Once, many years ago, I was raped by two men while going for milk in the middle of the night for my sons.  As the first one unzipped his pants, I made a snap decision: I lifted my head and slammed it into the concrete curb of that back alley and knocked myself clean the hell out.  They raped me, hurt me, and I stayed in the hospital for days: but I have no memory of the event.

In my estimation, I won.  We told everyone that I had pneumonia.  And that was that.

I know.  It sounds as if I have no feelings.  You would be stone cold wrong about that.

There’s this “thing” inside of me that will not stay down.  It makes things rough, not easy.  So many smooth roads in my memory to which I’ve thrown up my middle finger.  If I have loved you, you have been told–even as you walk out the door.  If I have found you to be dishonorable, I have railed against it in spite of threats and loss of friendship.  Now, this doesn’t make me more noble than anyone else.  It’s just that “thing” in me that will not stay down.

And I hate it.  So, there’s your moment.  Now, how noble is that?

There have been times, very dark ones, in which I have wished that I had married for money, taught high school, kept my mouth shut and my head down.  Wished it in retrospect, because in the moment: I cannot help it.  There was this beautiful man named James Foley who once said:  “There’s physical courage, but that’s nothing compared to moral courage.”  I’m sure that he did not intend to die for his cause.  Some of us just don’t weigh things the same as others.  It’s a curse.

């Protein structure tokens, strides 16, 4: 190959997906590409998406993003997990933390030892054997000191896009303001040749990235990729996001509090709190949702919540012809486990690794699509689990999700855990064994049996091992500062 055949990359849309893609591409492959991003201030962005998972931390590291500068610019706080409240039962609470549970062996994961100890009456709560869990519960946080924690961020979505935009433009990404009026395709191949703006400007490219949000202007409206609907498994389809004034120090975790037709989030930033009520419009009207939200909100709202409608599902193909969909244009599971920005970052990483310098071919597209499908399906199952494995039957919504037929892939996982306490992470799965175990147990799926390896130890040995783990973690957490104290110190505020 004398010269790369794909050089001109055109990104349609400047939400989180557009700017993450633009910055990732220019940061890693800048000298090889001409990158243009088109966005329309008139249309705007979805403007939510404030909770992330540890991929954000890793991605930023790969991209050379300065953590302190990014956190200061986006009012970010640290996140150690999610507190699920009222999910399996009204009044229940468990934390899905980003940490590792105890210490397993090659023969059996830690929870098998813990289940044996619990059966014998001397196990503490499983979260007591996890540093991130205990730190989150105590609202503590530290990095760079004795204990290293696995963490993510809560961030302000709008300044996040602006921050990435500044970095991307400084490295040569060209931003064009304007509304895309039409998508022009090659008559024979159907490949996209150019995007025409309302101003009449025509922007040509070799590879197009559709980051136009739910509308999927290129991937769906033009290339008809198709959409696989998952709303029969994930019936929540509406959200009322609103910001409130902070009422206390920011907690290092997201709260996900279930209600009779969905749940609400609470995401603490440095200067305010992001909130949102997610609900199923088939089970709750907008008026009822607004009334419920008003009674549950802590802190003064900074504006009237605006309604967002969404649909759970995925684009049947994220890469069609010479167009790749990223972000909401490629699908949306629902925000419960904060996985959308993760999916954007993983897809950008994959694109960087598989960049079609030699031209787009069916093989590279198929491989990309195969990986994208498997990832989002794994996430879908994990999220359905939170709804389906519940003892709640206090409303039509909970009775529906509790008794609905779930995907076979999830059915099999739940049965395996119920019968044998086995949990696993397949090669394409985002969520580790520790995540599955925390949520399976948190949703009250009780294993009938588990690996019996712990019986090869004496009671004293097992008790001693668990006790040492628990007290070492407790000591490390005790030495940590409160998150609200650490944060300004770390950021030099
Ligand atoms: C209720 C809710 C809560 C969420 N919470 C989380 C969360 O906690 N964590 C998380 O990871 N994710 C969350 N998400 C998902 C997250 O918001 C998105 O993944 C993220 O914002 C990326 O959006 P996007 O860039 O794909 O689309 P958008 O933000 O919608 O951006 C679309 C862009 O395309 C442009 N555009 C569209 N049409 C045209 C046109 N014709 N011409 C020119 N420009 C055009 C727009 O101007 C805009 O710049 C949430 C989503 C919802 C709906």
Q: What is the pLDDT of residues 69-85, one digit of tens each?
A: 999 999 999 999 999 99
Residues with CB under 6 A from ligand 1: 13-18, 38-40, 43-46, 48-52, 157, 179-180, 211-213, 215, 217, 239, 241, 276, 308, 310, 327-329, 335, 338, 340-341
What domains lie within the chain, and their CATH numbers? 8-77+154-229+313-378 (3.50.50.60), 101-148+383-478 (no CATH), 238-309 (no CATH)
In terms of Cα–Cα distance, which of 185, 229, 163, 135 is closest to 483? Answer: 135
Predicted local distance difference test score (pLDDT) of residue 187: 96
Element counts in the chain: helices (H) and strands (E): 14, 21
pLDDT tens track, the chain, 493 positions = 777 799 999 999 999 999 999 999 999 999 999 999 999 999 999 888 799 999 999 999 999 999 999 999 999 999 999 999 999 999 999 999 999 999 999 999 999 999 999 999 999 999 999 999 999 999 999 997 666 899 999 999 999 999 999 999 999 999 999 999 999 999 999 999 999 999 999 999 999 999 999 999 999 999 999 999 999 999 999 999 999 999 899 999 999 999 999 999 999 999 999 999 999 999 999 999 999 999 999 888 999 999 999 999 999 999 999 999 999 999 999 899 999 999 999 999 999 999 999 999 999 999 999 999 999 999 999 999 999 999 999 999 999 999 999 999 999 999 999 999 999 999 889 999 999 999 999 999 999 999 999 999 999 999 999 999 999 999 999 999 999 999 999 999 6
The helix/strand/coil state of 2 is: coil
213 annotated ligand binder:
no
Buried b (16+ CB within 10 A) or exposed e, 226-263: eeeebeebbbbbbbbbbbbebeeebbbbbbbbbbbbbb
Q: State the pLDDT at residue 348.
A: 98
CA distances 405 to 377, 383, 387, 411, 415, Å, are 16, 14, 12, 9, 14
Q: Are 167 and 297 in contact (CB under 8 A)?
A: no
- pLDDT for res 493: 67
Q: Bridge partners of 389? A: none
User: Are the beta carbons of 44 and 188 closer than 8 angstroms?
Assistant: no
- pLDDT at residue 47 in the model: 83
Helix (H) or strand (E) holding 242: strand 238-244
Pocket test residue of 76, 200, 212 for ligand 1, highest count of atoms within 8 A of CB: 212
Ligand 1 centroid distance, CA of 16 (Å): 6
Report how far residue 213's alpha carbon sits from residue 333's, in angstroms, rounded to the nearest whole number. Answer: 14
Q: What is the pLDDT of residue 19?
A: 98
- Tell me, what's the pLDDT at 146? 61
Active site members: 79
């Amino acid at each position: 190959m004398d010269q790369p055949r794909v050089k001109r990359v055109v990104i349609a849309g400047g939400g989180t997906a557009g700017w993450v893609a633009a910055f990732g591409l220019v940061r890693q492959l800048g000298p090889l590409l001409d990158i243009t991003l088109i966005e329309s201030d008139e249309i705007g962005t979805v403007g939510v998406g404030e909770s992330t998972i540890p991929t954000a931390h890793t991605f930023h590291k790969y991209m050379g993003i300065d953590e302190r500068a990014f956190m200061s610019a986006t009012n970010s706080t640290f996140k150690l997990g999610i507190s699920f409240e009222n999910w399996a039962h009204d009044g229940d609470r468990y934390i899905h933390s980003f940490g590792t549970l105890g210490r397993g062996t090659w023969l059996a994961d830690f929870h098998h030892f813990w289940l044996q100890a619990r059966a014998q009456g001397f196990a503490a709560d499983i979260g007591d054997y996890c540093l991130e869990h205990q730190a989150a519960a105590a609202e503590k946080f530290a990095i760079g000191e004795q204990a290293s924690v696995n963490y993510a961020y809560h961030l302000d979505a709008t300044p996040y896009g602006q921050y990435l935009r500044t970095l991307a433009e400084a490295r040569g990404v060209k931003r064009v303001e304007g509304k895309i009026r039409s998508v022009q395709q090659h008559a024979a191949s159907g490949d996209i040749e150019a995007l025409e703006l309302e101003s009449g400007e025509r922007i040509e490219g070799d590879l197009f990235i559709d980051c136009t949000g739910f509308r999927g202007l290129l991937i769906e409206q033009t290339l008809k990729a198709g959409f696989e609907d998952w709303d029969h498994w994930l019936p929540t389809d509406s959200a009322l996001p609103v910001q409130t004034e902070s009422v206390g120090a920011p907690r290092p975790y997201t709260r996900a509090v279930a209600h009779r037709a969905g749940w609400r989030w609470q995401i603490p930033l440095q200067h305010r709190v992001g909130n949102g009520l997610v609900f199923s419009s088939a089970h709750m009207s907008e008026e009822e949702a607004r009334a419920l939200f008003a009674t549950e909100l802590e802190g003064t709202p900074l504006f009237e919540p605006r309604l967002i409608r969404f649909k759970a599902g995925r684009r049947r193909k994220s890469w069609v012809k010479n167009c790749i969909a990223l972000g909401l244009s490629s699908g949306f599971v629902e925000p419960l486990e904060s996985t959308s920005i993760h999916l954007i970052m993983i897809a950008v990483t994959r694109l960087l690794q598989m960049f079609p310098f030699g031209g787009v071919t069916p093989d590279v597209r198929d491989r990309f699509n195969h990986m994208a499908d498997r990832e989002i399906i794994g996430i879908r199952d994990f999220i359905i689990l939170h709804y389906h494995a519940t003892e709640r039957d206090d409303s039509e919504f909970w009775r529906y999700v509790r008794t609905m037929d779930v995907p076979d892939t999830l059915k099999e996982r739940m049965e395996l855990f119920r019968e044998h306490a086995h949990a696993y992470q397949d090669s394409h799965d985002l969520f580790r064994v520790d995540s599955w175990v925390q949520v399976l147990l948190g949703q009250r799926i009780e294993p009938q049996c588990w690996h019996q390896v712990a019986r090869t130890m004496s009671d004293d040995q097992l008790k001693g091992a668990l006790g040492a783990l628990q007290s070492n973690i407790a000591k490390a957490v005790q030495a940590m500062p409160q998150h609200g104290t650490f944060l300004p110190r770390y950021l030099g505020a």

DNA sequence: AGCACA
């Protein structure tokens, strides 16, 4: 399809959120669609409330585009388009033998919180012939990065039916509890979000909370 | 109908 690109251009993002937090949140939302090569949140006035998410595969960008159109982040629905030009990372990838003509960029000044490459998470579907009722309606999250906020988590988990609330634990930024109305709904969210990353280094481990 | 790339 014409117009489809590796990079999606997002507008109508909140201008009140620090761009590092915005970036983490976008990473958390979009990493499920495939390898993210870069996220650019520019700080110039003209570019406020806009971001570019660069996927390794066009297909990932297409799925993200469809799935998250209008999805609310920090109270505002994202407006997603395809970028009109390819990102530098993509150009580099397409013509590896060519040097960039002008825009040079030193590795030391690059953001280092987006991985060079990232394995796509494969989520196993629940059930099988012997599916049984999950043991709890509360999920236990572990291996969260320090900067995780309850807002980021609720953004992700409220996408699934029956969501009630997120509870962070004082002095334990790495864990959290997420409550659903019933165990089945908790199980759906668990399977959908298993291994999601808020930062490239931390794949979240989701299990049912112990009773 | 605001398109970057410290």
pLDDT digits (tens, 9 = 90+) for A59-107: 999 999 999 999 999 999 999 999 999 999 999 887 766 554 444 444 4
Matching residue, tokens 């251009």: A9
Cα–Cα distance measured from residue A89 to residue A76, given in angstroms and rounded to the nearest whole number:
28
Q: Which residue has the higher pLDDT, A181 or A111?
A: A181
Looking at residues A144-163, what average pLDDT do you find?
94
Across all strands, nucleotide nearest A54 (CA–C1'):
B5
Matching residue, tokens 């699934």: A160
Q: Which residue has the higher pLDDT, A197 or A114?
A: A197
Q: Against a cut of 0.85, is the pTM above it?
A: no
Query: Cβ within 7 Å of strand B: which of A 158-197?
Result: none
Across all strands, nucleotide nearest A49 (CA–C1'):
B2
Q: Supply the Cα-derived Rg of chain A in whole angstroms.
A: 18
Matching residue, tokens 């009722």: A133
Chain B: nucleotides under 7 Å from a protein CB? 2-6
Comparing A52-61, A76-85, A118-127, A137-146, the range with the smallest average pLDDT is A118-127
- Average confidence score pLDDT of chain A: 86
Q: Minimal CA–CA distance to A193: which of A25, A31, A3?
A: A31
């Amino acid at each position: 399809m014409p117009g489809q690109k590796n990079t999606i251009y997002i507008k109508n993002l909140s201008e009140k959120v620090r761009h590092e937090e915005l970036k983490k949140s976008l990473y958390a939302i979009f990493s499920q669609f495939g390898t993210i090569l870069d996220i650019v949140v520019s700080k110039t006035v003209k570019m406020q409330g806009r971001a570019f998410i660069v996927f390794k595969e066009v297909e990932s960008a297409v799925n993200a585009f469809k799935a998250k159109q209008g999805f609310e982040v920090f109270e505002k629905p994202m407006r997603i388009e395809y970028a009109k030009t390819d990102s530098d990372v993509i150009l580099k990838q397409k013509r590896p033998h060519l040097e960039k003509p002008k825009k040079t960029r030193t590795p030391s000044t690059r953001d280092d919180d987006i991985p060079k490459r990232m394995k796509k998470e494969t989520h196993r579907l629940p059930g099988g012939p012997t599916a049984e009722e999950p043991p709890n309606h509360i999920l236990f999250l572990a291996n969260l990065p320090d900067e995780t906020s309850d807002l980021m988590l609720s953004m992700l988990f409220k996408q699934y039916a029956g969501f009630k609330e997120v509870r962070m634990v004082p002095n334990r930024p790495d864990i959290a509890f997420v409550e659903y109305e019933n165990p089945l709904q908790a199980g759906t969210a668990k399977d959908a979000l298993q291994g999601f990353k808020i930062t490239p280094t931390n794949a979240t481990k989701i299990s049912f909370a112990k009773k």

I had hoped that as I grew older this “thing” would get calmer, but alas: it has almost outgrown my frame.  When it is big enough to crack my skin, my bones will finally just stay down.  Hopefully, the rest of me will still rise.

I know that I am exhausting to anyone who loves me.  RB once told me: “We are not like you.  You cannot expect the rest of us to be like you.”  It taught me to be more patient.  But it did nothing to quell my illogically unconquerable spirit.  I wish it had.  This thing in me is not my personality.  It is not my appearance.  It is not my desire.  I have begun to think that it is a soul.

And I cannot save myself from it.

For those of you who have wondered what happened to that law suit: I can only legally state (according to my attorney) that:  “It was satisfied.”  I cannot answer other questions without bringing my home into jeopardy.  Please understand this.  And remember what I did on that curb that day?  And how I felt after?  Like that.  So be it:  it is done.

I can state, though, that I always get back up.

I know that I haven’t used my SFW voice yet.  Shall I?

I was four when I slipped and busted my lip on that sidewalk.  I don’t have memory of why, only the sting and salt and copper taste of it and the way I wanted to hit it back.  She stood over me and told me to “get on up, now. That sidewalk don’t care if yor mad.  Stand up!”  And I did.  And I never stopped doing it.  And I reckon that sidewalk never got its druthers.

And it never will.

Next time I blog, let’s talk about gardening.  

Blessed Be,
Seba

Seba O'KileyComment